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Craig Barrett: Time to Wake Up Health Care's Sleeping Giant

Stethescope and money
Stethescope and money

American employers face a dilemma.

They collectively provide health insurance for over 150 million Americans. As healthcare costs continue to spiral upward with no end in sight, where does the money come from? It comes out of profitability, or reduced global competitiveness, or out of employee pay checks.

No magic formula there but, as Herb Stein’s Law says, "If something cannot go on forever, it won’t.”

Employers cannot balance their commitment to employee health benefits, double-digit healthcare inflation, shifting costs to employees, and responsibilities to shareholders. Something has to change.

Perhaps some employers thought that the health reform bill - the Accountable Care Act (ACA) of 2010 - might solve their dilemma either by legislating immediate and effective cost control measures or by dismantling employer-sponsored health insurance altogether.

Sorry. Didn’t happen.

Though the long term consequences of the ACA remain to be seen, few employers expect it will contain their costs, and a good number believe it will accelerate spending inflation. Add to this the political chatter about whether reform is upheld, repealed, or starved to death, and the nightmare persists.

Your Money Your Vote - A CNBC Special Report
Your Money Your Vote - A CNBC Special Report

The prospect of eliminating employee health benefits may initially tempt employers. Starting in 2014, health insurance benefits will be mandated for large employers, who will have to pay a fine if they send their employees to shop for coverage in state insurance exchanges where lower income individuals will be eligible for tax credits. Though the fine is substantially less than the average cost of insuring an employee, there are a number of additional costs. These include Medicare, and Payroll taxes, as well as competitive disadvantages with respect to recruiting and retaining workers. Moreover, it is plausible that the fine will increase dramatically when the government is faced with the true costs of subsidizing healthcare for those buying insurance through exchanges.

What then are employers to do?

To continue providing quality health benefits while containing costs, employers need to be tenacious about achieving better value for their spending – just like every other business cost. Two main strategies for doing so include managing population risk to improve health and lower the demand for care, and demanding improvements in the efficiency of the delivery system supplying care. Engaging employees as informed and empowered stakeholders in their own health and care is central to the success of each.

"The prospect of eliminating employee health benefits may initially tempt employers." -Dossia Consortium, Colin Evans & Craig Barrett

Many employers are already turning to high-deductible health plans, a more rational insurance design that is intended to align each employee’s financial incentives toward maintaining better health and using healthcare more intelligently by promoting more value-conscious consumerism.

However, to optimize the impact of consumer-driven plans, employers need to equip employees with the data and tools needed to be proactive about their health and discerning about their use of healthcare services. They can do this by giving employees access and control over their personal health information, customized tools and services to help them achieve their health and wellness goals, and comparative price and quality data for healthcare providers and services. Everything you would expect from any normal consumer market.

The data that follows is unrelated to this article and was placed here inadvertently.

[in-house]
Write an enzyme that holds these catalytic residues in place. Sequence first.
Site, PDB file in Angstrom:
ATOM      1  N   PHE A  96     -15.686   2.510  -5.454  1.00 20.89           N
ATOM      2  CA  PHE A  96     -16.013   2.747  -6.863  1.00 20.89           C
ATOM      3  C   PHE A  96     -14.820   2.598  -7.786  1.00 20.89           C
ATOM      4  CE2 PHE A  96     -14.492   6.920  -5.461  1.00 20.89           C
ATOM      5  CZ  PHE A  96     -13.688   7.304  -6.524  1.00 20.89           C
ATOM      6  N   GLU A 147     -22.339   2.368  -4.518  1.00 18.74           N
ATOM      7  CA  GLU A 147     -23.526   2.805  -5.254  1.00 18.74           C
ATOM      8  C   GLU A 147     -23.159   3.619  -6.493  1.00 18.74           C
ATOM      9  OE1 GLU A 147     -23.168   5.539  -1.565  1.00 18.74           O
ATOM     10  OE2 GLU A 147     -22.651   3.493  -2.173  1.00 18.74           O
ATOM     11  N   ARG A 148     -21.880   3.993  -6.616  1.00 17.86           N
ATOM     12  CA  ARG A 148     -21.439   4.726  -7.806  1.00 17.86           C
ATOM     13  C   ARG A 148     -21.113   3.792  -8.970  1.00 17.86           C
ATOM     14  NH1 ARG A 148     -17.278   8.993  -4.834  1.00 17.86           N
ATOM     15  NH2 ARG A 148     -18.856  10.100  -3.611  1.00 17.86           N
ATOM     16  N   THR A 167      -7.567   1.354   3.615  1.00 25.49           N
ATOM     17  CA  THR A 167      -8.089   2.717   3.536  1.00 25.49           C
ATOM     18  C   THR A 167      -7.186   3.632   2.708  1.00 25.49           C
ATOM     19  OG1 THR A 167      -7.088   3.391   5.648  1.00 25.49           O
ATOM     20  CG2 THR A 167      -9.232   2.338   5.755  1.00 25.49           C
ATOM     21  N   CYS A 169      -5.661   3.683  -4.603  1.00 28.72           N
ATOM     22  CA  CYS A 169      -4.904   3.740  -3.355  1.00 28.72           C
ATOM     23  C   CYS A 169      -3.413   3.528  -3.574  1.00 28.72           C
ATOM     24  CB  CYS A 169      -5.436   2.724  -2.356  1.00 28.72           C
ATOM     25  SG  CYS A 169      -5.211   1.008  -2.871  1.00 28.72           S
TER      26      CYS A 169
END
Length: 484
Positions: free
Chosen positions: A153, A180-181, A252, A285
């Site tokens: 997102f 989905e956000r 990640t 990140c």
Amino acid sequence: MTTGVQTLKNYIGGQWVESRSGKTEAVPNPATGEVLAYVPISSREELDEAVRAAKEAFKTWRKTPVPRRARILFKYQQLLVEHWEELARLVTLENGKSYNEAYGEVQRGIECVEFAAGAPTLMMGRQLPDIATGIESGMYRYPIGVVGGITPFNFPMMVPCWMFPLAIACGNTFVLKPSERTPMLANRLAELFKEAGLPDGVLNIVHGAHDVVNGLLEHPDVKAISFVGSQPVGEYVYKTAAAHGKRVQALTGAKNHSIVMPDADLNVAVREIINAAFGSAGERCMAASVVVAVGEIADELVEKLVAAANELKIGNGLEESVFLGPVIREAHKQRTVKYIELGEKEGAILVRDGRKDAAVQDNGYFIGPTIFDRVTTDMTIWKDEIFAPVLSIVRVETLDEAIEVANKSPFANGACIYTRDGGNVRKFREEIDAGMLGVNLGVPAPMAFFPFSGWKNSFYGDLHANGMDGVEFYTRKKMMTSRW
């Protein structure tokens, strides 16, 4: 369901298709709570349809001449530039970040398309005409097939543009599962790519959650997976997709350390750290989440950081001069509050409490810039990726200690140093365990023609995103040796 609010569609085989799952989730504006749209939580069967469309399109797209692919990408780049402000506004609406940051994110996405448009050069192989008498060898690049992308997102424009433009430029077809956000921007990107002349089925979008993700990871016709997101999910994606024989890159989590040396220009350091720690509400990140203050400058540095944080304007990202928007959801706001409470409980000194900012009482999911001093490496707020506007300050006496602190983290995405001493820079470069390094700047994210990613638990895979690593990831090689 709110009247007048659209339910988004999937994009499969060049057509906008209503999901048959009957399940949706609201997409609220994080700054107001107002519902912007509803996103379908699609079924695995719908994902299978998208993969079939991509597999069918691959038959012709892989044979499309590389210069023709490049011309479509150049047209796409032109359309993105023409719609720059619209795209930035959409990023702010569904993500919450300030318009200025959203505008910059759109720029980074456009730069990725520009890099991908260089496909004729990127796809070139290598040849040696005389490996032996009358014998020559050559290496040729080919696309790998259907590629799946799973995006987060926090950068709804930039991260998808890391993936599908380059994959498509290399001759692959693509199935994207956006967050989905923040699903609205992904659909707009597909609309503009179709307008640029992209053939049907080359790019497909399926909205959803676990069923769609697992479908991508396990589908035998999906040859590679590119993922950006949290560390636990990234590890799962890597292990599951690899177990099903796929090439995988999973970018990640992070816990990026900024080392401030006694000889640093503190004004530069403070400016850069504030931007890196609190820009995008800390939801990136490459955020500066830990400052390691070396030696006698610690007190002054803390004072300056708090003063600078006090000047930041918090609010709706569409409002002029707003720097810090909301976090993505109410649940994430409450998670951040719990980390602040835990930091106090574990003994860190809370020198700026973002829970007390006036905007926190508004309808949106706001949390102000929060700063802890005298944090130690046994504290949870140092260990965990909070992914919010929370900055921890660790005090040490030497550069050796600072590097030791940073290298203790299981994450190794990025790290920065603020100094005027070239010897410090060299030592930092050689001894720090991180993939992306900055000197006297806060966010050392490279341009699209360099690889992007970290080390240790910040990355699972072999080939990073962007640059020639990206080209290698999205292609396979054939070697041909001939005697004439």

Employers are uniquely positioned to make this happen. They pay the bills.

It works like this. Provide employees with Personal Health Records to put them in control of their health data aggregated from plans, labs, pharmacies, and providers. Employees become more informed and active participants in their care, and are able to share their health history with providers to receive better coordinated, higher quality, and more efficient care.

Use aggregated personal health information to power an entire ecosystem of health solutions customized to meet employees’ specific health needs – from blood pressure tracking to diabetes management, from pregnancy support to comparative pricing tools, and everything in between. Engage employees to make use of these data and tools through integration with incentive programs, plan design, and corporate culture. This helps employer and employees unite around shared goals: optimizing health while getting the highest value healthcare possible.

Employers become better positioned to drive supply side innovation by reclaiming control as payers from entities whose financial interests are not aligned and bringing market forces to drive efficiencies in the healthcare industry.

To paraphrase Sir Winston Churchill “You can always count on US employers to do the right thing – after they’ve tried everything else.”

Employers have been the sleeping giant of healthcare. They are now faced with few options but to actually wake up and get proactive about demanding more value from healthcare spending. When employers start using the giant-sized levers available to them, it will be good for employees, shareholders, and the healthcare system overall.

This post was written byColin Evans, President and CEO Dossia Consortium and Craig Barrett, Dossia’s Board of Directors and Former Chairman of the Board, Intel Corporation